My other observation was that the group tended to focus on CSR and corporate-level initiatives. Which is probably fine, but for me the creation of community requires a collection of galvanizing reasons-to-believe (RTB) so that people interact with a human voice.
The major "a-ha" moment for me was the potential power that a micro-blogging tool like Twitter could provide this group. See, Twitter is constructed around one very simple question - "what are you doing now?". One of the outcomes it generates is "buzz" - there are lots of small, easily digestible nuggets flying around the Twittersphere, and each tweet (a single post on Twitter) can act as the spur for a different direction for the community.
Imagine a bunch of people all providing each other with seemingly insignificant ideas to do something personal about the environmental crisis. You could end up with something as powerful as Earth Hour, where 50 million people turned off their lights for one hour all around the planet. What a powerful symbol!
Tokyo is apparently one of the most active Twitter spots in the planet, and given the growing convergence between computers and mobile platforms in this market one can imagine it could become very powerful. In this case, driving connections between members of the group could be one way to strengthen the ties that bind them.
Issues like the environment and sustainability require individuals to commit to both personal and group action. The events are providing the genesis of some group activities - but Twitter could provide a way for members to signal personal activities as well, or reach out for support.
Thought for the Day: Many people set up communities that end up being one-person soapboxes. Maybe Twitter is one way to open up the way for tens, hundreds, or thousands of people to participate in a true conversation.
Thursday, November 6, 2008
If Howard Dean proved that the Internet reached younger people and "main street" voters when he raised so much money online, then the election of Barack Obama showed the power of social networks, and therefore social media, once and for all.
From the moment the Hilary 1984 video aired on YouTube, with tens of millions of viewers, campaigns should have been on notice that something was different. More content followed, and while some candidates "sorta" posted standard TV clips others realized that this was the year when the power of connectivity was going to help shape opinion.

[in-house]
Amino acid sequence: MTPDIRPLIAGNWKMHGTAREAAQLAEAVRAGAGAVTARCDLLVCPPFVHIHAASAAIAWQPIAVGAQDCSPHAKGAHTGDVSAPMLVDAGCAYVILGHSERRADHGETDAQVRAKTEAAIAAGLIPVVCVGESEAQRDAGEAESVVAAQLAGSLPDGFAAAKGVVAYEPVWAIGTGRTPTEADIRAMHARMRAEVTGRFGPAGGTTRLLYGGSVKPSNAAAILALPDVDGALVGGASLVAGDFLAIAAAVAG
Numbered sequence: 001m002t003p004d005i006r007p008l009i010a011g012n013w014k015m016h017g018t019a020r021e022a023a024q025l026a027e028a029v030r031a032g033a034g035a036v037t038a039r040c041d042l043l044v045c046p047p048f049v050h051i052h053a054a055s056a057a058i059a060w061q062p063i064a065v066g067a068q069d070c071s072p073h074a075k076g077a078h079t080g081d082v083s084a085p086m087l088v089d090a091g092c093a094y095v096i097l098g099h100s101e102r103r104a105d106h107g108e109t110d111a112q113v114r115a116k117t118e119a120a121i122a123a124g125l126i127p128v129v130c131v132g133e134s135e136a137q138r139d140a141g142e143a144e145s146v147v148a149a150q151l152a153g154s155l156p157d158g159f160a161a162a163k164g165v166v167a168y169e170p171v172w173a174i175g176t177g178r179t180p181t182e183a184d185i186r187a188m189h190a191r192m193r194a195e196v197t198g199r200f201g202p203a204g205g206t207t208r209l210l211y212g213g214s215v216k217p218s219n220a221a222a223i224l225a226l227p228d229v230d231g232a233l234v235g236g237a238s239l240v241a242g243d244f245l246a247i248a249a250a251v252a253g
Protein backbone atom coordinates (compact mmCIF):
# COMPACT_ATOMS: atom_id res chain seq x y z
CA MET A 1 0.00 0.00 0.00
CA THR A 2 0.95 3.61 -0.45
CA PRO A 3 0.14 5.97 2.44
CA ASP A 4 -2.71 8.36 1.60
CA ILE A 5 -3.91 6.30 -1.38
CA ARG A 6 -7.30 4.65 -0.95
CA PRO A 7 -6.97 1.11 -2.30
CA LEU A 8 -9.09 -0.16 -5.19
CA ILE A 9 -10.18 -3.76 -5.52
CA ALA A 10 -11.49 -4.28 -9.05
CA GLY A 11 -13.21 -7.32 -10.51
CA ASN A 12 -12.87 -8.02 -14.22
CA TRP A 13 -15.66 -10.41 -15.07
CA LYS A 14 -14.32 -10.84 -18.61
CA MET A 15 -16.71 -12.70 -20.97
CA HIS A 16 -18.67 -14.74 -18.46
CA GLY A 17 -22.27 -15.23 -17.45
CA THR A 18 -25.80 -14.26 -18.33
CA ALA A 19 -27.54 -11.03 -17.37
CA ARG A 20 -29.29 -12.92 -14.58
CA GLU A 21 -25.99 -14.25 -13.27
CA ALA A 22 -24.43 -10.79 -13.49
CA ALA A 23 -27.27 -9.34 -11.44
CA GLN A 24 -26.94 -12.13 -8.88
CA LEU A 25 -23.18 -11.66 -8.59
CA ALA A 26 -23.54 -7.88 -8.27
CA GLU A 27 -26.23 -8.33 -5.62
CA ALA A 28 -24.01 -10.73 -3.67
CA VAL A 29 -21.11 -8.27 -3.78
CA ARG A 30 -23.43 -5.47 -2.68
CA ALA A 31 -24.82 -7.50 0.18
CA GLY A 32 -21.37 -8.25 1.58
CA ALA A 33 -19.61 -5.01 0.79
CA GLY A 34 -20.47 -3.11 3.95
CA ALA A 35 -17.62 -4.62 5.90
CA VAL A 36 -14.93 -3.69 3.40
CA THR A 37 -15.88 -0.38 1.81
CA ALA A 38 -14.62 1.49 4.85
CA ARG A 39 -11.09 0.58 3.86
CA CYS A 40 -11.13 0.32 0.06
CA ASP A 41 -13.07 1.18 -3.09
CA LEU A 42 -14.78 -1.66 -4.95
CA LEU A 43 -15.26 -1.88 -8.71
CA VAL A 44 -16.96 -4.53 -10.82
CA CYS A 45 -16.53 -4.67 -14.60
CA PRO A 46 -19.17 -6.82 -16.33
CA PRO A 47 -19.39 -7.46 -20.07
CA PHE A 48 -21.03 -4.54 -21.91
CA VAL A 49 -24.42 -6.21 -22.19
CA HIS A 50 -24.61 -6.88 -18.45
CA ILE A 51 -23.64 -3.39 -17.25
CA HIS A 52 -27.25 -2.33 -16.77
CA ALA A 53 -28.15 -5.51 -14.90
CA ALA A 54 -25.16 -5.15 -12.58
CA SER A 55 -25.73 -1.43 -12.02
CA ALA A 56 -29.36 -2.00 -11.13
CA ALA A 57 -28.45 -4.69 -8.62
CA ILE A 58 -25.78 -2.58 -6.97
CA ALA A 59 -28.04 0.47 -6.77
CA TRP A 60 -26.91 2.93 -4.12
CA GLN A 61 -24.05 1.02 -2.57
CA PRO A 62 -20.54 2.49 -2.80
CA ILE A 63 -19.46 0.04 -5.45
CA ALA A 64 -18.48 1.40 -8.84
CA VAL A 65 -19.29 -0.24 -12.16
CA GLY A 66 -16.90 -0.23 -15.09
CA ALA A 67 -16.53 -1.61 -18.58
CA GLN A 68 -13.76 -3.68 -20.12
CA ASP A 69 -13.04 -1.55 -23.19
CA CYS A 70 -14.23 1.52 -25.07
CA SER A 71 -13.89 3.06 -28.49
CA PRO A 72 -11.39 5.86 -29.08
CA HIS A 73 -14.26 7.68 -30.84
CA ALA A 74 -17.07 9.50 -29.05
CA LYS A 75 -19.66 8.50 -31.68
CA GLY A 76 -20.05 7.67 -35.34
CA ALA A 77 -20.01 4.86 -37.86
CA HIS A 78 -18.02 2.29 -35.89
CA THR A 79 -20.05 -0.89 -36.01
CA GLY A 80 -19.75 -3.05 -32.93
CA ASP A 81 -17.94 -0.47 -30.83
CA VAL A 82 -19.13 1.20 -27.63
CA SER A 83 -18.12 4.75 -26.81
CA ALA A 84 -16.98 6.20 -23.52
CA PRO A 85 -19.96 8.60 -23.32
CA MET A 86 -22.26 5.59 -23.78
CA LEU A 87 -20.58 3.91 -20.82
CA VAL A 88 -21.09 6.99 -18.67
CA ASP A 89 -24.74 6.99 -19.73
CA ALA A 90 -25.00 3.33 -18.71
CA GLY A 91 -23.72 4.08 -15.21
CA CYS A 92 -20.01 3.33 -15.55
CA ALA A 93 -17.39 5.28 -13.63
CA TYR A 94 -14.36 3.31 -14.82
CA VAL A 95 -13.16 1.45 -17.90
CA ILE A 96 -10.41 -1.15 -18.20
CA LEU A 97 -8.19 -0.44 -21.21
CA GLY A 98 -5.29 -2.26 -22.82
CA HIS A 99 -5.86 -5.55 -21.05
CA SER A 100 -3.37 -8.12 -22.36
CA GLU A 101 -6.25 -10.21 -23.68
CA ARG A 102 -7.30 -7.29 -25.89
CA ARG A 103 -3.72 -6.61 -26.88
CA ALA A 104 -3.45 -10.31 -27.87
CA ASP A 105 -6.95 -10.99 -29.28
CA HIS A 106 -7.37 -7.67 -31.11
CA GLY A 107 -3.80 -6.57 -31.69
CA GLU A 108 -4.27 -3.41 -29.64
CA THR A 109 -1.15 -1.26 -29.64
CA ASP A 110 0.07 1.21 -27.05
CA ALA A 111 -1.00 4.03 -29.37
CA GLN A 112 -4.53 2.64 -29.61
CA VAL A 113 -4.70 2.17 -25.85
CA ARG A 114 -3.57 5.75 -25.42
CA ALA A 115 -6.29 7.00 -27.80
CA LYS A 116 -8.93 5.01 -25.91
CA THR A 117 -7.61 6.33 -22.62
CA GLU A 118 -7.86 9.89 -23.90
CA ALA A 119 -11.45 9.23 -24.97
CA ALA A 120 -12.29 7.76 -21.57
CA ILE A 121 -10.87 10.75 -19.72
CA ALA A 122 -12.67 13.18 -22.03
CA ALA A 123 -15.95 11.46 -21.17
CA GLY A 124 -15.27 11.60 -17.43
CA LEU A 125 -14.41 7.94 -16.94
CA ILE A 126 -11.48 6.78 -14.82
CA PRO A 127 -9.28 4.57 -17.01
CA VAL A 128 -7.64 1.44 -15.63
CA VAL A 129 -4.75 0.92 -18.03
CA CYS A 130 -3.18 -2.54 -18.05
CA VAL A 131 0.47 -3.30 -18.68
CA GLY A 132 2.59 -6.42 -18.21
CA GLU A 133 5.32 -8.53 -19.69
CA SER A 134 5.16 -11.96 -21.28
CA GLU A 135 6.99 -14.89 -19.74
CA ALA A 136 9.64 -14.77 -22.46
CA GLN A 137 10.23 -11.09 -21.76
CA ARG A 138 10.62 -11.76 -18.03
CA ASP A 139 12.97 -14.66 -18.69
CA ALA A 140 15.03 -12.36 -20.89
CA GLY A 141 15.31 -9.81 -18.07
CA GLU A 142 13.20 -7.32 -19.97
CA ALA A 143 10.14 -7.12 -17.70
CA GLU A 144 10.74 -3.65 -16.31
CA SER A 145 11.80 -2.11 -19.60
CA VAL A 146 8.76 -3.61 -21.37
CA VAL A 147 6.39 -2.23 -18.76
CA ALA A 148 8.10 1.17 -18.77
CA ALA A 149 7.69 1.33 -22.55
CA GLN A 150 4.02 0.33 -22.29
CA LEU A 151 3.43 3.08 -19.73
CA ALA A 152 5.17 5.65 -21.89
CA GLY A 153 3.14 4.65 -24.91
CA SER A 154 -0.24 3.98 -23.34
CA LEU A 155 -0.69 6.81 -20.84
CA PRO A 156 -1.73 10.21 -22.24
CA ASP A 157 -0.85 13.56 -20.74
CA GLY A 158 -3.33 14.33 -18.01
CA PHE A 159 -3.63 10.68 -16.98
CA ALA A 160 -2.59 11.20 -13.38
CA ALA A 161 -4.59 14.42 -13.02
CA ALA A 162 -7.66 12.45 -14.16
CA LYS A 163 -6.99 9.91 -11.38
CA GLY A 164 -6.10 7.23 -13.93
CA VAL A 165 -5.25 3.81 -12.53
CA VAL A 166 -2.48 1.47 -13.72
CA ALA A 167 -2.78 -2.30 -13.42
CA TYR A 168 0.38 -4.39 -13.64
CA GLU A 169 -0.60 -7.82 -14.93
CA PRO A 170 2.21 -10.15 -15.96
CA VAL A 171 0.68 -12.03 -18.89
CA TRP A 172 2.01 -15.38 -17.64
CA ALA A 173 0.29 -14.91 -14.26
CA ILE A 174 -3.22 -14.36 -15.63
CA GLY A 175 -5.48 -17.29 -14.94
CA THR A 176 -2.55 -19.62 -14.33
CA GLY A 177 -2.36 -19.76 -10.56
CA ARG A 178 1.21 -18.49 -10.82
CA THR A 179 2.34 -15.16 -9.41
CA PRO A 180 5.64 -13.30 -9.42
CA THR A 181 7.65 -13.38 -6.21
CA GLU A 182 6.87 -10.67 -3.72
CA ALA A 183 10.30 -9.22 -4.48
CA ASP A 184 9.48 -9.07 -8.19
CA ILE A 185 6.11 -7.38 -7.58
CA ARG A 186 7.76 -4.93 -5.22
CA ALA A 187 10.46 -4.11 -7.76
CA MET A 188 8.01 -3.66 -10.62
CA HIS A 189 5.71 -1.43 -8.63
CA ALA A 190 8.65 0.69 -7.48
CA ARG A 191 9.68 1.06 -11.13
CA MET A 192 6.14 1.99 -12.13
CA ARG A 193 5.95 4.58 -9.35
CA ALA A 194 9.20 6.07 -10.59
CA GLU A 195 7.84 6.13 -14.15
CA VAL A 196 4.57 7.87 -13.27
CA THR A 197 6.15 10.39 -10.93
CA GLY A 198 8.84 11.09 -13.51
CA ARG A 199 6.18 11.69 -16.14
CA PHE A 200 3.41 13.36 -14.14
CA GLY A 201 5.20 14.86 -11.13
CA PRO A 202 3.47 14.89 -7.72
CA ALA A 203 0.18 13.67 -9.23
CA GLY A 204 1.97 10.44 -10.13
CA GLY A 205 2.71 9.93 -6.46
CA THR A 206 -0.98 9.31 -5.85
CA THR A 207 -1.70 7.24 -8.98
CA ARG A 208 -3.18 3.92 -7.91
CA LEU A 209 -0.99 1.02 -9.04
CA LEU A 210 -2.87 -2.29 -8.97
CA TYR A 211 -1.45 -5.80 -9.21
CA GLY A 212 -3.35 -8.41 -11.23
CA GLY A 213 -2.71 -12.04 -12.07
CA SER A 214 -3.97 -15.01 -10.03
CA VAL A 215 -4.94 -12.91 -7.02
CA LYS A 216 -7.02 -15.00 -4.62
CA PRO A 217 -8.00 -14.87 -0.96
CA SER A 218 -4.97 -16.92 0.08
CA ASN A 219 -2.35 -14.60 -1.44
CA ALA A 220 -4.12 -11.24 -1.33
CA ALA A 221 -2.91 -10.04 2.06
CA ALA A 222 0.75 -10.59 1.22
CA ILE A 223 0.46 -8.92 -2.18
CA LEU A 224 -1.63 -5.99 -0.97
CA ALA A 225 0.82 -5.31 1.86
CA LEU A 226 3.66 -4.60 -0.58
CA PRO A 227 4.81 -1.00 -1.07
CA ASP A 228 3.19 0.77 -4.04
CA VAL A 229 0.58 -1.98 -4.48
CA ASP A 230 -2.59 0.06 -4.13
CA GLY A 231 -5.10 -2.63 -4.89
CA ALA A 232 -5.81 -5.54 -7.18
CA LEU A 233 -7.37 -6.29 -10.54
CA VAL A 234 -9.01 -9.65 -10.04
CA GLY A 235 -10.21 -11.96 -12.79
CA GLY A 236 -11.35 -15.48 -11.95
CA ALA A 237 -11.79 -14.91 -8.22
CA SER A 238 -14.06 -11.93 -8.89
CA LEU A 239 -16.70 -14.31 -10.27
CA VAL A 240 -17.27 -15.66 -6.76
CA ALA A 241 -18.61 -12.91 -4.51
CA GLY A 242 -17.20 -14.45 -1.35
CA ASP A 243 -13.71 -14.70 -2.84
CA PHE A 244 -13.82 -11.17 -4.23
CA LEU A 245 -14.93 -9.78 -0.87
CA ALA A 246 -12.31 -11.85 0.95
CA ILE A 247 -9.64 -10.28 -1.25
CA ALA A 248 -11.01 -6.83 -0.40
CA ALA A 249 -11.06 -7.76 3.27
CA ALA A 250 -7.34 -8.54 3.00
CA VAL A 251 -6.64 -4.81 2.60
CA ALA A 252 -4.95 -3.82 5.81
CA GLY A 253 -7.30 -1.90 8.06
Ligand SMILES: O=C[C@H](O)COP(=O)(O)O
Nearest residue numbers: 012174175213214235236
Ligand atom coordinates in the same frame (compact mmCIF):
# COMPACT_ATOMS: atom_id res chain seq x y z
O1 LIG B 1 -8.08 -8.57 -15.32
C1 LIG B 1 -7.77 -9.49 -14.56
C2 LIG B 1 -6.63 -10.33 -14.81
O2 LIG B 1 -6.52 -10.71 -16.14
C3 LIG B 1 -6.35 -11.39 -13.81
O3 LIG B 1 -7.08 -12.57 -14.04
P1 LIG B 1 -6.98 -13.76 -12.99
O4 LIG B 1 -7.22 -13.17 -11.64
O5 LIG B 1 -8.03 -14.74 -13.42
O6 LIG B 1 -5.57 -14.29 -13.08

Blogs proliferated, and suddenly communities began to spring up around Facebook, MySpace, Mixi and other social networking platforms. Obama even took to Twitter like a fish, recognizing that social media provided him with the chance to personalize the campaign in a way never possible before. People wanted to participate, and the social media universe gave them the opportunity to do something, anything. By the way, did you see the Obama-08 iPhone app? Amazing!
Think about this in the context of your brands - in a funny way, they are like candidates in an always-on election with consumers. If you're not actively thinking about enabling conversations, personalizing relationships, and letting people participate - likely you'll finish up as the "other candidate".
Thought for the Day: Maybe it's time to realize that your brands are out there on the hustings in Consumer Land, and that they're likely to need some help reaching out to people.
Reminder: Our bank, WSG, believes there's a group of potential profitable customers among a group we're calling "Builders". But they're very cynical towards banks, tend to churn, and things are tough on the home financial front.
Where do we go next? The methodology I recommend is POST, eloquently explained by Jeremiah Owyang and his colleagues at Forrester. The "P"stands for people.
"Huh? There must be stacks of data on these people" says the CMO.
Well, maybe ... but I'm prepared to bet that no-one's synthesized the 3 elements of demography, psychography, and technography. This is not a cake mix, so there's no set formula on how to do it. But the goal is to come up with between 5 and 10 personas - the number will depend on how you slice and dice the data. Your personas should be broad enough to allow most people to identify with at least one of them, and granular enough for your marketers to immediately start suggesting hooks.
Hint: demographics give you segments, psychographics point at clusters, and technographics suggest network nodes.